In an industry where it’s practically impossible to keep anything a secret, Lenovo managed to surprise most people when it unveiled the Moto Z and Moto Z Force last month. These new phones featured gorgeous new designs and cutting-edge specs, and they also outdid LG by introducing a better modular accessory system than the one on the LG G5.
I finally spent some time with both new phones this morning and I can already say that they live up to the hype… and then some.
Lenovo announced the new phones’ specs back in June so we already know what the handsets pack inside. Highlights include a 5.5-inch AMOLED display with 2K resolution, a Snapdragon 820 processor, 4GB of RAM, 32GB or 64GB of storage, microSD support, a 13-megapixel rear camera with optical image stabilization, a 5-megapixel front-facing camera and Android 6 Marshmallow.
Long story short, they line up with every other flagship Android phone out there.
The real story here is the design of both the hardware and software. The Moto Z — or “Moto Z Droid,” as the Verizon version I played with is called — is insanely thin. At just 5.2mm, there is no flagship phone on the planet that can touch it. The handset feels absolutely amazing in the hand; such a thin housing also makes the 5.5-inch phablet far more manageable.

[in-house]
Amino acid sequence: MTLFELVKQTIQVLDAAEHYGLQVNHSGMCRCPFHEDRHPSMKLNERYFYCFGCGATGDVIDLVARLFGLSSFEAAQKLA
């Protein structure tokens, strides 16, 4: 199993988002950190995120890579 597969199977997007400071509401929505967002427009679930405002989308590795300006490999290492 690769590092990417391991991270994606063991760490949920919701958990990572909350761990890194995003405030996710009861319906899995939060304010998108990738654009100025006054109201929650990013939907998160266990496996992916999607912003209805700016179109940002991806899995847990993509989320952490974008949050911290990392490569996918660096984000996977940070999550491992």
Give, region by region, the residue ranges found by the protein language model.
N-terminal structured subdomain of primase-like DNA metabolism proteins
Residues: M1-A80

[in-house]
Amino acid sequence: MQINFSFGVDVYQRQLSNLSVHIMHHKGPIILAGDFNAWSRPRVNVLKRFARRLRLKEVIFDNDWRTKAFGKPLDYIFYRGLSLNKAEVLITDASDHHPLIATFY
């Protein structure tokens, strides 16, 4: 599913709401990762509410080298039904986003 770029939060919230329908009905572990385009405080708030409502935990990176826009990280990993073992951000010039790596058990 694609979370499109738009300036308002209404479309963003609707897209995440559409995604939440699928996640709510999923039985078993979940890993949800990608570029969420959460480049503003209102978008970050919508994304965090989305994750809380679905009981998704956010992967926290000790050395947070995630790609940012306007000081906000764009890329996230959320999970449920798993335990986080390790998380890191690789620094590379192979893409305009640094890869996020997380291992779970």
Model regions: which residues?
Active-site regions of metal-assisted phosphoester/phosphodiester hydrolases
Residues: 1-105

The Moto Z Force Droid is thicker than the regular Z at 7mm, but that added thickness comes with a huge advantage: the Z Force is far more rugged thanks to its “shatterproof” display. I put shatterproof in quotes because no glass is truly shatterproof, but there’s precious little doubt that Lenovo has come closer than any smartphone maker before it to achieving the impossible. I dropped the Z Force Droid repeatedly onto a metal slab and a wood floor from a distance of about 6 feet, and it came away looking like nothing even happened.
That shatterproof display could definitely come in handy for people who buy into the Moto Mod modular attachments Lenovo will sell alongside its Moto Z phones, because I already dropped the phone once while prying a projector attachment off the back of it. The Moto Z and Z Force use strong magnets to fix Mods to their backs. It makes for a strong bond that won’t accidentally separate, but it also means the Mods can be tricky to remove.
Lenovo will also offer case backs that use the Mod mechanism to attach — you can see a gorgeous wooden one in the image above.
Where the software is concerned, Lenovo continues to keep Android very clean on its Moto phones. Yes, since these are Verizon handsets there are plenty of Verizon apps pre-installed, but Marshmallow shines on these handsets and it’ll feel nice and “pure” to hardcore Android fans.
I didn’t spend enough time with these phones yet to test some of Lenovo’s other impressive claims, such as the one stating the phones’ new fast-charging tech can soak up 15 hours worth of battery life in just 15 minutes. Lenovo also hasn’t yet announced any launch details for the new phones, but we do know that they’ll initially be Verizon exclusives in the US.